• Soap – I switched my soap to an all natural option I found at the store…and then my skin was horribly dry. We’re talking white, flaky…awful. Eventually, I changed my soap to a very oil-rich option. Problem solved! If you have dry skin issues, start by switching up your soap, not your lotion. I’ve learned that the right soap will leave your skin feeling clean and soft but not dry. I cannot emphasize this enough! Change your soap!
  • Pouf – ok, I’m probably dating myself here, but I remember when shower puffs (aka shower poufs, shower scrunchies, shower scrubbies) were relatively new concepts. Ditch it. The constant resurfacing of your skin can leave it dry and starving for oils. Your skin does not need to be rubbed and scrubbed clean every time you wash. Gently wash with your hands or a soft washcloth (using your gentle, oil-rich soap).
  • Pat Down – give your towel a rest. After showering, gently pat dry, but leave your skin damp. Dry off just enough so you’re not dripping. Dripping would be dangerous.
  • Moisturize – when your skin is still damp, apply your moisturizer. I’ve found that I use a LOT less product with this new routine. What a nice money-saving perk!
  • Air Dry – let your skin air dry the rest of the way. Again, I hope this is a habit I can continue through the winter months! Yikes.

Some of you may be wondering about exfoliation. When my skin starts to look a little flaky, I use a salt scrub, not more than once a week. You can buy salt scrubs, but it’s so easy to make your own! I’m going to share my own salt scrub recipe. It’s a breeze to make and smells great.

Mariana’s Salt Scrub

½ – ? cup fine salt (I use a pink salt), more or less for your desired consistency
2 tablespoons coarse salt
¼ cup oil (I use coconut oil)
2-3 tablespoons of fresh citrus juice (preferably a lime/grapefruit blend)
a little bit of lime zest or oil from the peel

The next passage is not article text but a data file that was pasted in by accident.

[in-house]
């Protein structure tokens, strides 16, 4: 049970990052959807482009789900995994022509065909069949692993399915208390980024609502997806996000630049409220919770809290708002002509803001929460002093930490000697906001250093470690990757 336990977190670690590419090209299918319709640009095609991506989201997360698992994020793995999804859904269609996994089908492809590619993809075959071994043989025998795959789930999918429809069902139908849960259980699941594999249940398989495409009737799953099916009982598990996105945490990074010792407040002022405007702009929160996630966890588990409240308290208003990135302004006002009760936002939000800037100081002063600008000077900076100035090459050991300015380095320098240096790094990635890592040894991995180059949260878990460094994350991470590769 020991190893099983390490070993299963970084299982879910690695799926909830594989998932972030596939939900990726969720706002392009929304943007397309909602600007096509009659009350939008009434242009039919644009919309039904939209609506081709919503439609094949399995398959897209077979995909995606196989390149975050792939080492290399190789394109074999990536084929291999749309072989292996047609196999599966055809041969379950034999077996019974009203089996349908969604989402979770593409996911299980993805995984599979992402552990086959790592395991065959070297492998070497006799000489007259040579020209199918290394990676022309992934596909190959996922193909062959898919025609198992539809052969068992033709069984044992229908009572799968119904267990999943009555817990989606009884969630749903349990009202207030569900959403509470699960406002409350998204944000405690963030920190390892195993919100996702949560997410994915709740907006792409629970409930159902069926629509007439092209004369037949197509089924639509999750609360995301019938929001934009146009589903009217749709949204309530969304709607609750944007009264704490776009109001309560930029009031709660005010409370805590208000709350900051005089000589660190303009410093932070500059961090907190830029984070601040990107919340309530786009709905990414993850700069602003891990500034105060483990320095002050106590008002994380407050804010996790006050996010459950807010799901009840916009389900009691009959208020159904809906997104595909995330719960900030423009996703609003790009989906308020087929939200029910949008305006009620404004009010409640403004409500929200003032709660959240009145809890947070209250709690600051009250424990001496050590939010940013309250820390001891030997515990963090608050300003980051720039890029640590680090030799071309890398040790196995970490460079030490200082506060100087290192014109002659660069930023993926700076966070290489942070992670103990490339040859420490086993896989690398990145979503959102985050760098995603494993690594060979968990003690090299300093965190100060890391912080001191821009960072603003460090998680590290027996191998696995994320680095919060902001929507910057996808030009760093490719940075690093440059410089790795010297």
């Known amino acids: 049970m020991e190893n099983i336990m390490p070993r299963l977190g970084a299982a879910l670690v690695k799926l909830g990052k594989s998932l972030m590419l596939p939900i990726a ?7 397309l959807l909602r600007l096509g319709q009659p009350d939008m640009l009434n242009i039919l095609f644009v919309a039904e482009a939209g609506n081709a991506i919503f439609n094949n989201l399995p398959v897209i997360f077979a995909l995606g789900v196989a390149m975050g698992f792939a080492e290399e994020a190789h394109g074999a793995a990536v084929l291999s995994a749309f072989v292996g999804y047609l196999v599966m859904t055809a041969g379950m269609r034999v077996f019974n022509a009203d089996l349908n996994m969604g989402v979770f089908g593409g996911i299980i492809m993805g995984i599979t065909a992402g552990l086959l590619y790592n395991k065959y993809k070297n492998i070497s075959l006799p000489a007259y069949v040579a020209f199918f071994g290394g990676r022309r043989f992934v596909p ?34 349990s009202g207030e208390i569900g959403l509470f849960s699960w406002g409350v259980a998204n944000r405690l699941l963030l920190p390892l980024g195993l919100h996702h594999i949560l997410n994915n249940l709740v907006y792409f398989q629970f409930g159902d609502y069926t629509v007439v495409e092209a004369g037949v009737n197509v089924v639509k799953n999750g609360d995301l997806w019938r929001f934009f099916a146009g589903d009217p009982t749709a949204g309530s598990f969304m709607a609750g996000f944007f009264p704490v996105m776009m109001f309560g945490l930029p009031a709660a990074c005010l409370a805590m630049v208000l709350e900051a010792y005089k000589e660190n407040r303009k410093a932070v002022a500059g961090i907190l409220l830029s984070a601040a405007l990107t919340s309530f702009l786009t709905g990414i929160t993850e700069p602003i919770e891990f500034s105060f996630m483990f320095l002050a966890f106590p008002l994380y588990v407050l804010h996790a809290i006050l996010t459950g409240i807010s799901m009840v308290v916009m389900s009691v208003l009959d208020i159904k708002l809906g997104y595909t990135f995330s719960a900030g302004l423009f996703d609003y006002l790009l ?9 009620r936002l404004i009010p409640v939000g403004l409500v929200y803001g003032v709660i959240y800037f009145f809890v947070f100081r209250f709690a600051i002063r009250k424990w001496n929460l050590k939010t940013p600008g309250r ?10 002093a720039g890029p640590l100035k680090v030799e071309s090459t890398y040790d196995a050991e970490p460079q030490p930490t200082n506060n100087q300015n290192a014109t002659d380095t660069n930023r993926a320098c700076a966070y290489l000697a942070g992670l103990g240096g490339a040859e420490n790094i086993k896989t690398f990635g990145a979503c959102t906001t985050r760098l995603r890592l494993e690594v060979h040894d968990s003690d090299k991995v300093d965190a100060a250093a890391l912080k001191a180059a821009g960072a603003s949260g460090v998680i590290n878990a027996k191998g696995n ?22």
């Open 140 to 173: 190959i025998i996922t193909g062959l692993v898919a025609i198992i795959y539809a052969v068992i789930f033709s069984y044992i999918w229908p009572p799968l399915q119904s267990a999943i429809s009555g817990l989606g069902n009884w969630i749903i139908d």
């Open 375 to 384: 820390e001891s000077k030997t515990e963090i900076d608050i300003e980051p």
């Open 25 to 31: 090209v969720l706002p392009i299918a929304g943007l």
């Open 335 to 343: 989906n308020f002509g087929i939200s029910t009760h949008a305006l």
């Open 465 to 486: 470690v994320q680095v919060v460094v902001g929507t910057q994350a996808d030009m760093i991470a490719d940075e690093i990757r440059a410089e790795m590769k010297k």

Directions: The easy way – just mix it all together. The fun way – slowly drip the juices into the oil while whisking, making an emulsion (like making mayonnaise or a salad dressing). Fold in the salts and zest. Note: because this recipe uses fresh ingredients, it should be stored in the fridge. Enjoy!

Finding a Quality Lotion

As you start shopping around, start by reading the labels! If you see parabens, phthalates, dyes, or synthetic fragrances (a hiding place for phthalates), consider a different product. You’ll probably end up looking in the “organic” section for a more natural option, and there are lots of them! Personally, I have tried 4-5 different brands and been happy with most of them. The ones I didn’t like were because of personal preferences, like the scent. The one I’ve used the most and repurchased is Dr. Bronner’s Organic Lotion. It’s oil-rich (coconut oil, jojoba oil, avocado oil, hemp seed oil), has a very clean ingredients list, and is about $10 for 8 ounces (a little cheaper on Vitacost). Have you tried anything you absolutely love?

DIY Lotion

The chemistry student in me loves home experiments. Even as I kid, I would mix random stuff together, trying to invent something awesome (sorry, mom). Thanks to some smart people, there are dozens of homemade lotion recipes you can try! I gave this body butter recipe a try and loved it. It uses three ingredients (cocoa butter, coconut oil, and jojoba oil). I added some essential oils to make it smell nice. Since the recipe uses no water, it should stay stable at room temp for a long time. Other recipes may include beeswax, some use aloe vera gel. There’s a recipe out there that will suit your personal tastes (metaphorically speaking… don’t eat lotion).

Perspective and Summing Up

Over the past few weeks, we’ve covered soap, shampoo, deodorant, sunscreen, and bug repellant. Today, we’re going to wrap up the body care topics for a while and switch gears next week! Before we move on, I thought I’d share a bit about what changes I’ve made and how I’ve prioritized my body care spending.